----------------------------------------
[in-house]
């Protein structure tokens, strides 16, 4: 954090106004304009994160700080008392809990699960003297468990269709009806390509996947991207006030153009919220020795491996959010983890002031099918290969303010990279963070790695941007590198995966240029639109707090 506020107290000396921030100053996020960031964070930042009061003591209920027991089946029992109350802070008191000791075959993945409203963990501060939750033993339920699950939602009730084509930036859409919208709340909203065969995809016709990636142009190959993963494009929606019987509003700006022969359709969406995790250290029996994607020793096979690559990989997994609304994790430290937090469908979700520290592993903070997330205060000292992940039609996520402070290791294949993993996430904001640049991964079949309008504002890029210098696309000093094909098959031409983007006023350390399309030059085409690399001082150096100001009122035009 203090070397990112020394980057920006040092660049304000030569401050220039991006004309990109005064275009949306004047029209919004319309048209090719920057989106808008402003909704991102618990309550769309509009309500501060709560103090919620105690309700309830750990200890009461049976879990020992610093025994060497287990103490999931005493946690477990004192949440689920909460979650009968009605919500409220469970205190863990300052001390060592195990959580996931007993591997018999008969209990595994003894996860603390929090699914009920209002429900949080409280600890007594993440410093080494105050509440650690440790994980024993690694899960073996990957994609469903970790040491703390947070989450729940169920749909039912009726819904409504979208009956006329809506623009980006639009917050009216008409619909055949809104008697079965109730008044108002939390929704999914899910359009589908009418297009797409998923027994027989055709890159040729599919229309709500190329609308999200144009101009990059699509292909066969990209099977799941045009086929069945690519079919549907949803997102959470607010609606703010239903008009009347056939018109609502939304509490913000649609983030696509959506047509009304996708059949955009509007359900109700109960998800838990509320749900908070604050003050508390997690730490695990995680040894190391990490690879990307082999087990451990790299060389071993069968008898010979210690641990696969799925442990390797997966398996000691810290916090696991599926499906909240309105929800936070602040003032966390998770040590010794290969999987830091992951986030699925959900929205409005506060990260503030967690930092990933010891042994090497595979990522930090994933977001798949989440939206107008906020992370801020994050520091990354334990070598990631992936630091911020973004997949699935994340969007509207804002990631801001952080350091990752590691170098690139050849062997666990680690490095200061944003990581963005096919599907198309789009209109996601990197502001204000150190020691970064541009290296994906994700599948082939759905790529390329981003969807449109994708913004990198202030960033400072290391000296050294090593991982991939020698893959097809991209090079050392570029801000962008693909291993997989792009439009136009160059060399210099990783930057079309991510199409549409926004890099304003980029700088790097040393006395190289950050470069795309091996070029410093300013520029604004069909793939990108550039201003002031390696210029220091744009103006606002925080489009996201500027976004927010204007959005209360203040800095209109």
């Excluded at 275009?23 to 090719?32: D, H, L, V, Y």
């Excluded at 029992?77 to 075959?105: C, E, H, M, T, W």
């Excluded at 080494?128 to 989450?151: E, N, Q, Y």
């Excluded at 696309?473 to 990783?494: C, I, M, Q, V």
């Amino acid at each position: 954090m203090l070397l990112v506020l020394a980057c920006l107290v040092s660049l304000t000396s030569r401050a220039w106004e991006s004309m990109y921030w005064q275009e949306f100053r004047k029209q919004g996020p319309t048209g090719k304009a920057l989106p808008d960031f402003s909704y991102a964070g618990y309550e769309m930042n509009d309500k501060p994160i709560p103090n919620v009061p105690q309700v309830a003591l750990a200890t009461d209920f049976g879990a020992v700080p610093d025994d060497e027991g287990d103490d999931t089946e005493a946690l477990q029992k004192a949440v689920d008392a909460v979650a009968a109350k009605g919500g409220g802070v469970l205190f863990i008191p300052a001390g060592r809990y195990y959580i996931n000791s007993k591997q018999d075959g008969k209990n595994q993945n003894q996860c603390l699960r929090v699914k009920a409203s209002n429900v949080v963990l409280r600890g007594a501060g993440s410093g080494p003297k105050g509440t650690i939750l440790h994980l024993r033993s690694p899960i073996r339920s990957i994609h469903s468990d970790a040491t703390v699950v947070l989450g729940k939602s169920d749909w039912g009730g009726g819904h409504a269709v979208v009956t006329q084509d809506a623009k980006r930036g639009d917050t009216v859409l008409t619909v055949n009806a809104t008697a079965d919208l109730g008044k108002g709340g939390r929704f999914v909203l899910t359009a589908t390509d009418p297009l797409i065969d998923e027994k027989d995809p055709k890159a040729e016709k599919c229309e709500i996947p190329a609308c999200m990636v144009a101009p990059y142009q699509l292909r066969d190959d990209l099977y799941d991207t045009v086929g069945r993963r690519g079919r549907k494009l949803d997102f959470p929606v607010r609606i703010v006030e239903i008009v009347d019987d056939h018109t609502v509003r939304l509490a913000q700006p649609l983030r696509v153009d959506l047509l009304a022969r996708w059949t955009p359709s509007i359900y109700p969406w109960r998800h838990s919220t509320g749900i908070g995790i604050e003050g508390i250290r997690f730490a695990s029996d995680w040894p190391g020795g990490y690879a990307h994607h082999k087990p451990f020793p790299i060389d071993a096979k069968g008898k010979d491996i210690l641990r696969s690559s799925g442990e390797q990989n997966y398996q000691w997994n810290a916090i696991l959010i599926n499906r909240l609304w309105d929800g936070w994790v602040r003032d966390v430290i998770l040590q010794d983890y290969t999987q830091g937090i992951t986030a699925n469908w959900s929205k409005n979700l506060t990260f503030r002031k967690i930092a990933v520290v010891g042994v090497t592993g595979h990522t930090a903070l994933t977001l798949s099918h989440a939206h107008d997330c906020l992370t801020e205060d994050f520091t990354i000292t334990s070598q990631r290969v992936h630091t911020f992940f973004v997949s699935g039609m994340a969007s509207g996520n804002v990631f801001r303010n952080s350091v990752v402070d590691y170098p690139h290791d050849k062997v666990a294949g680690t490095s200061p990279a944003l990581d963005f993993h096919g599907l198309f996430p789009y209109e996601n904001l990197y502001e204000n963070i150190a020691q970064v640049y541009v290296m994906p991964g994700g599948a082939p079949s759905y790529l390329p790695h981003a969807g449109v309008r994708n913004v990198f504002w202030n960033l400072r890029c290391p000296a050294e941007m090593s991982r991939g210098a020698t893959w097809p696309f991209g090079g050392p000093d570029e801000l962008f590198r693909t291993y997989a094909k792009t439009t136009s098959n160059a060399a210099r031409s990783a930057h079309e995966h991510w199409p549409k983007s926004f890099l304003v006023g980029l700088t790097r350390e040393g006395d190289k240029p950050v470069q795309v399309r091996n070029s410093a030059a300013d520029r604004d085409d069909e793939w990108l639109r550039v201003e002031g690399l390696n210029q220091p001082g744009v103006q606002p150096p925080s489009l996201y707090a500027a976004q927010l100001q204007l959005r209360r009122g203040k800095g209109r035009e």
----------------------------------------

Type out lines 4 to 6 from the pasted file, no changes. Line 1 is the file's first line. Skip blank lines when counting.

């Excluded at 029992?77 to 075959?105: C, E, H, M, T, W």
């Excluded at 080494?128 to 989450?151: E, N, Q, Y």
């Excluded at 696309?473 to 990783?494: C, I, M, Q, V």